Charlene Smith, a child nutritionist, was arrested and jailed for writing a bad check in Wal-Mart because her mother and children needed items to survive after Katrina. Some of her experiences in jail included being housed with 19 other women in one cell, hearing a prisoner scream while being beaten by a guard and being denied sanitary napkins and her medications.

Under the police brutality session, Romell Madison, a Black dentist, spoke on how his brother Ronald was shot five times in the back by white cops with assault rifles on the Danziger Bridge. Last December, white cops were indicted for shooting and killing several members of the Bartholomew family, including children, trying to flee the flood waters across the same bridge.

Impact of Katrina on women

Mayaba Levanthal, from the group Incite! Women of Color against Violence, gave testimony on how poor women, especially single mothers, are more unlikely to be able to evacuate during a hurricane because they don’t have the means to do so. She also spoke on the failure to reopen public schools; the lack of shelters in the midst of a rise of domestic violence and sexual assault; and how stress disproportionately impacts Black and poor women, especially in New Orleans. An estimated 187,000 workers lost their jobs in New Orleans post-Katrina, and 50 percent of those jobs belonged to women.

Stephanie Mingo, from the St. Bernard section in New Orleans, gave testimony on her struggle to survive after Katrina as a single mother of four and a grandmother. Her 89-year-old mother died on a bridge waiting to be rescued. A food service technician, Mingo stated that she still couldn’t get home because “she is not one of the rich folks.” She stated that 90 percent of those living in public housing before Katrina were women, young and elderly. Mingo went on to say: “Thirty percent of your income goes towards living in public housing. My rent is higher than my income. I am discriminated against because I am a woman.” In tears, she kept repeating over and over again, “I want to go home.”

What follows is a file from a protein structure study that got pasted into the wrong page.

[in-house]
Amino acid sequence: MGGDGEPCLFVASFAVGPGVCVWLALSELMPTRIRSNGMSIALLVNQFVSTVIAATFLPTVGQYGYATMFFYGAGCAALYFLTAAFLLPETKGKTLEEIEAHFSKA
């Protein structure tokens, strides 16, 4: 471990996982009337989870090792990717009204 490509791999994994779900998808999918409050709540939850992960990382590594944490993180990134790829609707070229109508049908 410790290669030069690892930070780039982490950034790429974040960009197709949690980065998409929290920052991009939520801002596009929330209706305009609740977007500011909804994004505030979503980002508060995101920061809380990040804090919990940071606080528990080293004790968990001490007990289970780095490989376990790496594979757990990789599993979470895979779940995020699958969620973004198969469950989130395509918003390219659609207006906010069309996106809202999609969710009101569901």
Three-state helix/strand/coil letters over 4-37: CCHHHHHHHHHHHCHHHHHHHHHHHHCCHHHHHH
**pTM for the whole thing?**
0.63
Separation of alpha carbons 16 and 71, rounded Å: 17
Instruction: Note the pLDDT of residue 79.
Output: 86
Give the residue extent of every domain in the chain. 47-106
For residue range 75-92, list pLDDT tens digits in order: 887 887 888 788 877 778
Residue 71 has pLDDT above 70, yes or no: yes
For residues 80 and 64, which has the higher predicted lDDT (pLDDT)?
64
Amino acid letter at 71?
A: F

Military occupation vs. humanitarian aid

On Sept. 1, Malik Rahim, executive director of Common Ground Collective in New Orleans, gave close to two hours of riveting testimony on the racist military occupation of New Orleans post-Katrina. This occupation included the National Guard, state and local police, Blackwater mercenaries and local armed white vigilantes, all working in concert with each other. Many of the National Guard had just returned from Iraq.

CGC is a grassroots, multinational organization that provides free health care, clothing, tools and much more to Katrina survivors. Rahim spoke on seeing dead bodies, of Black men shot to death, in the streets. He recounted seeing military personnel driving by survivors, rather than rescuing them.